Virginia researchers are loading tiny, hollow carbon balls with metals and medicine they say could improve the ability to detect and destroy brain-cancer cells. Brain cancers are rare but often deadly. Cancerous cells often stray from the main tumor, making them difficult to find. They're troublesome to treat, in part because many medicines can't get from the bloodstream into the brain, and tricky to remove.

Stray tumor cells can be difficult to image with current techniques such as MRIs, X-rays or CT scans. They are the same cells that are most likely to lead to another bout of brain cancer, Broaddus said. Finding new ways to make cancer cells stand out against the brain's normal tissue when imaged could help improve the precision when the tumor is removed surgically and improve a patient's chance of surviving, he said.


So far, Fatouros and Broaddus have experimented with infusing rats' brains with buckyballs filled with the metal gadolinium. Broaddus said the addition of gadolinium makes it a "super-duper" contrast agent for magnetic resonance imaging. Loading the buckyballs for better MRIs is just the first step. Next, the team plans to light up the buckyball like a Christmas tree by stuffing it with the fluorescing metal terbium. Terbium could someday guide surgeons like Broaddus as they surgically remove tumors and try to ensure they get rid of those stray cells.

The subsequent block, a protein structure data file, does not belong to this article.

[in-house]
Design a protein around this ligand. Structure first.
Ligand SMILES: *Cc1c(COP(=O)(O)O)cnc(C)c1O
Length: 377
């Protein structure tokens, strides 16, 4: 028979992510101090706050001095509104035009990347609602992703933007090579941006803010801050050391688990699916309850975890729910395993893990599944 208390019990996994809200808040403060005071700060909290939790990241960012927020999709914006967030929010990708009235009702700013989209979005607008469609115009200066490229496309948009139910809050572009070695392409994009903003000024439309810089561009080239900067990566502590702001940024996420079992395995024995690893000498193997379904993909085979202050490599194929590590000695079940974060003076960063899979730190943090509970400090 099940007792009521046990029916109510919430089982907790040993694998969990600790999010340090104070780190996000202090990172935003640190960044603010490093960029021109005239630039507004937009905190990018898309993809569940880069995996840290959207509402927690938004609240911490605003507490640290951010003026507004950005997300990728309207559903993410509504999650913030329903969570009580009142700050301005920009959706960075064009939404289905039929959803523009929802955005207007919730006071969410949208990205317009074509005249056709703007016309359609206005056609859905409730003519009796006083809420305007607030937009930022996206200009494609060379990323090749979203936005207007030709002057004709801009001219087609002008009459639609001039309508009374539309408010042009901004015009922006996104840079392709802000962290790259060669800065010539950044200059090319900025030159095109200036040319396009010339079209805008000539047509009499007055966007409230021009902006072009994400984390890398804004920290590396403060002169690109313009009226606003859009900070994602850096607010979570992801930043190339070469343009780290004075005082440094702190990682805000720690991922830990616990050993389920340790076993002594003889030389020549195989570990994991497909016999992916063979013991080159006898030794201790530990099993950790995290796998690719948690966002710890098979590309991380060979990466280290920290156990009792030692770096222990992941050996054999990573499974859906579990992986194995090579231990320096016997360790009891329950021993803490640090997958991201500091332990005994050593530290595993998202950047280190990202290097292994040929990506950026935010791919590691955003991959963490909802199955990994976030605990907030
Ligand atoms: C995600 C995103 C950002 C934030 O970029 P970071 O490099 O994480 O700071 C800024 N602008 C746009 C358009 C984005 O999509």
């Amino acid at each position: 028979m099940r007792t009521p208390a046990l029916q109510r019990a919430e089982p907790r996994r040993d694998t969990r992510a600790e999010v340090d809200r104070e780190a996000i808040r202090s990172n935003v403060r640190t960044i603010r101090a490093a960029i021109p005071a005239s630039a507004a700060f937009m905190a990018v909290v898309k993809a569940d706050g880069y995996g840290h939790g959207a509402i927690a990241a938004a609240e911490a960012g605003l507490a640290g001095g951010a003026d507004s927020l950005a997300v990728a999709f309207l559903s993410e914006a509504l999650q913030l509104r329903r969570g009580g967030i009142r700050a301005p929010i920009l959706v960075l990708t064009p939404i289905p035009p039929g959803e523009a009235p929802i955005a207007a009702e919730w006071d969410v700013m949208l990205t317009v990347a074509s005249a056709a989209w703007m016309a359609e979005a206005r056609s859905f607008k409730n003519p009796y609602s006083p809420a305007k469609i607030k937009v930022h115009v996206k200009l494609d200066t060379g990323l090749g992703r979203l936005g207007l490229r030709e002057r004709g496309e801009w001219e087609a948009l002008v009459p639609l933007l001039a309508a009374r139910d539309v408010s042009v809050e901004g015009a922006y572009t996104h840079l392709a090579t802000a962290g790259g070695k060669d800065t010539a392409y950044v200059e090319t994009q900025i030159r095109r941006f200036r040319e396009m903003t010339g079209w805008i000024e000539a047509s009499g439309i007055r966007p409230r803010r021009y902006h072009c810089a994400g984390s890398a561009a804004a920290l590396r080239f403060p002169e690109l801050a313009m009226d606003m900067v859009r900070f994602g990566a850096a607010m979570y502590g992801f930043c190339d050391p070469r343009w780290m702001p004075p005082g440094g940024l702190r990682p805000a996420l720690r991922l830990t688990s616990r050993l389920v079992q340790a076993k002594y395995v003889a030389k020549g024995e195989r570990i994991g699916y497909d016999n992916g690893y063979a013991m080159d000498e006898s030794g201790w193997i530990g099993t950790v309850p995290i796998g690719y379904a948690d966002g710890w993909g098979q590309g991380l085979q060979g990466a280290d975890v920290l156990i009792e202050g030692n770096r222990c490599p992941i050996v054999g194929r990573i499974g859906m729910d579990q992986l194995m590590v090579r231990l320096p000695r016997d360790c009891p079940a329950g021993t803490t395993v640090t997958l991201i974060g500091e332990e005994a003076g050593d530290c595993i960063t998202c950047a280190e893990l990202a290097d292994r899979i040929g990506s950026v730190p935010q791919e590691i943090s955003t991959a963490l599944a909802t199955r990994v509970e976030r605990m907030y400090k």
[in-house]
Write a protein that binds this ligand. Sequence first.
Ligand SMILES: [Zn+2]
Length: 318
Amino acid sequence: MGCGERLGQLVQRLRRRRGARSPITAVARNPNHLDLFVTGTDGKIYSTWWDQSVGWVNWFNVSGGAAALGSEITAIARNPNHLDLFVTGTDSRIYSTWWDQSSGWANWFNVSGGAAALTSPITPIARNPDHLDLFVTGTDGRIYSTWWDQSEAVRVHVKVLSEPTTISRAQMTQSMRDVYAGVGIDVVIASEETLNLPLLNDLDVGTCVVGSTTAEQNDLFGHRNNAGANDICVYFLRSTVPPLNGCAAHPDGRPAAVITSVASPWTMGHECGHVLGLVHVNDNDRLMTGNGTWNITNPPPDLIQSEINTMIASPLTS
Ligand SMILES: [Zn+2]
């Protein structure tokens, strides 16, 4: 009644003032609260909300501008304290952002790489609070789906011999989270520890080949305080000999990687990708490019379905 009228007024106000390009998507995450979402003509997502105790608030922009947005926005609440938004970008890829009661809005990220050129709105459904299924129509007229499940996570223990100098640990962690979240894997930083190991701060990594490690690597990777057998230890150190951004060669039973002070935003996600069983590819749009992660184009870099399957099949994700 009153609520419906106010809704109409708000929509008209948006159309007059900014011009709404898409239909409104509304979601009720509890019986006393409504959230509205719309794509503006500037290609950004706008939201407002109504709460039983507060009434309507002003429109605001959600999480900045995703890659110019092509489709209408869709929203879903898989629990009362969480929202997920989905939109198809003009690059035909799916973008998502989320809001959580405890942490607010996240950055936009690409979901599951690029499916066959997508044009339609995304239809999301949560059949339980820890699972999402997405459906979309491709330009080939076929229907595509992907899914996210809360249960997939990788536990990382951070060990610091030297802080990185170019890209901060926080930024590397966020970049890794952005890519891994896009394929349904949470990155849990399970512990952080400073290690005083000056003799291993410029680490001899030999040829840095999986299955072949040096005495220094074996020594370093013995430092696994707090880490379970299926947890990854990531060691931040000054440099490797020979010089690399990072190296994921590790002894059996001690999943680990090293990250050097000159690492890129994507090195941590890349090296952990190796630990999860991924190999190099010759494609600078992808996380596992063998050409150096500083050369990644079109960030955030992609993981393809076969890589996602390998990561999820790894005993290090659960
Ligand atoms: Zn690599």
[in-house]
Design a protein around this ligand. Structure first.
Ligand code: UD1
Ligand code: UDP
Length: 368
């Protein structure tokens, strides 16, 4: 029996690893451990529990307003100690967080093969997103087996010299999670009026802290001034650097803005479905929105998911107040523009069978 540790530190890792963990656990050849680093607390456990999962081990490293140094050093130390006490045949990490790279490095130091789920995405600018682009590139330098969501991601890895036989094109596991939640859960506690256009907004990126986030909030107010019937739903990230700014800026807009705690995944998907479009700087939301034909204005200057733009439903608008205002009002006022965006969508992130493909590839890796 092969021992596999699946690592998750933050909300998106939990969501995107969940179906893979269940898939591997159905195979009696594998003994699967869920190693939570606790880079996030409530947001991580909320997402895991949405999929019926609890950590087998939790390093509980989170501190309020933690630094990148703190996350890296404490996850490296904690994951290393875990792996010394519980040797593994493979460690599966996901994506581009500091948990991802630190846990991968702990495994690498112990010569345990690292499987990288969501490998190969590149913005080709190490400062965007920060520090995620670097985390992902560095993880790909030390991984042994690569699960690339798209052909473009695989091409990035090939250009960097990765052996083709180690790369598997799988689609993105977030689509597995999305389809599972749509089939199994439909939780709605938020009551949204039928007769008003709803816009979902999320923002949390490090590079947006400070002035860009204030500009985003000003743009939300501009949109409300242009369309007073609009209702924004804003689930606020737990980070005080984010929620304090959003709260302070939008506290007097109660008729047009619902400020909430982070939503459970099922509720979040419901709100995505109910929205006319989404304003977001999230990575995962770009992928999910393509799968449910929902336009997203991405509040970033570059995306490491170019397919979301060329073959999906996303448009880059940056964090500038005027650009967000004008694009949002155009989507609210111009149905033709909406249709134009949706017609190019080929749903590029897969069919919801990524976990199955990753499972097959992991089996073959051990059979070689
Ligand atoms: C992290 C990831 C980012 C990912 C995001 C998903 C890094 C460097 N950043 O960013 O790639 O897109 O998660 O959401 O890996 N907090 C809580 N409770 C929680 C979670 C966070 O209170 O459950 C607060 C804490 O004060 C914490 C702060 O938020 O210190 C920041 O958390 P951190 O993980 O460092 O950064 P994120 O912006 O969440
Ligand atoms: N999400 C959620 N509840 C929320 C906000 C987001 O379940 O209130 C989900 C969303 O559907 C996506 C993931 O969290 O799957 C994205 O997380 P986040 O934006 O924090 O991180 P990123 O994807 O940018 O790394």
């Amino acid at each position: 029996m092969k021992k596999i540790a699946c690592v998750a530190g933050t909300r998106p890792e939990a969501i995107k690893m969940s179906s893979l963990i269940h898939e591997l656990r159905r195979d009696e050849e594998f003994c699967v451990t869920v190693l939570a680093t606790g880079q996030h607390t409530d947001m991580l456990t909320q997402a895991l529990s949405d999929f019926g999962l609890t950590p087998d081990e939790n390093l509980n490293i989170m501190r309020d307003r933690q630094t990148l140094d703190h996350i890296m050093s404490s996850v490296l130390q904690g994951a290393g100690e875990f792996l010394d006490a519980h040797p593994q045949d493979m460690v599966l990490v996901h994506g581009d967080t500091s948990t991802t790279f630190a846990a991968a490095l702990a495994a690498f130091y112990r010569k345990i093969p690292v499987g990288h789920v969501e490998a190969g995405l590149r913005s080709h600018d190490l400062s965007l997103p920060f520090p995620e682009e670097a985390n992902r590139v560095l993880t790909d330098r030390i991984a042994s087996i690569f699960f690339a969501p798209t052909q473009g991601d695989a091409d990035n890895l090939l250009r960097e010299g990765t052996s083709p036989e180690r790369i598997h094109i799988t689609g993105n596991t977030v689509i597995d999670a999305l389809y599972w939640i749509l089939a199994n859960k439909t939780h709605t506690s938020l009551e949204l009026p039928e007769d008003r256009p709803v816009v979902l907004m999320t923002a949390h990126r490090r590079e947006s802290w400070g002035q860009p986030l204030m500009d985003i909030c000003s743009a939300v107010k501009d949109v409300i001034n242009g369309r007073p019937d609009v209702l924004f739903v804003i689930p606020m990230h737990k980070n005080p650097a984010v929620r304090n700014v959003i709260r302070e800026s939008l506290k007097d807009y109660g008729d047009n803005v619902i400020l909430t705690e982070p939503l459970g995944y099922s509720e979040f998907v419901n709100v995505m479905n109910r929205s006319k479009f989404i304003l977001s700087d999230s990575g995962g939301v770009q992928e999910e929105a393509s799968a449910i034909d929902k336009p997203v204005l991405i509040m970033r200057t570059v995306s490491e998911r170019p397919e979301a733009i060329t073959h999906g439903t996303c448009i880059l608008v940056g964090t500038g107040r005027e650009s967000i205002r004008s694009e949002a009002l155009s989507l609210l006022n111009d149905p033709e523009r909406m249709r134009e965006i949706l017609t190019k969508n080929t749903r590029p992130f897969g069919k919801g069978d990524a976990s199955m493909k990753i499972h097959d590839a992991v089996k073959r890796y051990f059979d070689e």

Full aricle at-

Thursday, November 10, 2005

Exercise before tendon imaging

Is vascularity more evident after exercise? Implications for tendon imaging.
Cook JL, Kiss ZS, Ptasznik R, Malliaras P
Musculoskeletal Research Centre, La Trobe University, Melbourne, Victoria 3086, Australia.

OBJECTIVE: The objective of our study was to investigate the effect of activity on tendon vascularity in 17 abnormal patellar tendons.

CONCLUSION: Tendon vascularity is significantly increased by activity. From this finding, we infer that imaging abnormal tendons with color Doppler sonography to detect neovascularization may be most useful after the patient exercises. Investigations to determine how much activity is necessary to ensure maximal vascularity is detected by Doppler sonography are required.


Full Article at-
AJR Am J Roentgenol. 2005 Nov;185(5):1138-40.

Wednesday, November 09, 2005

Placenta accreta

Antenatal diagnosis of placenta accreta: a review.
Comstock CH
Division of Fetal Imaging, Department of Obstetrics and Gynecology, William Beaumont Hospital, Royal Oak, MI 48073, USA. ccomstock@beaumont.edu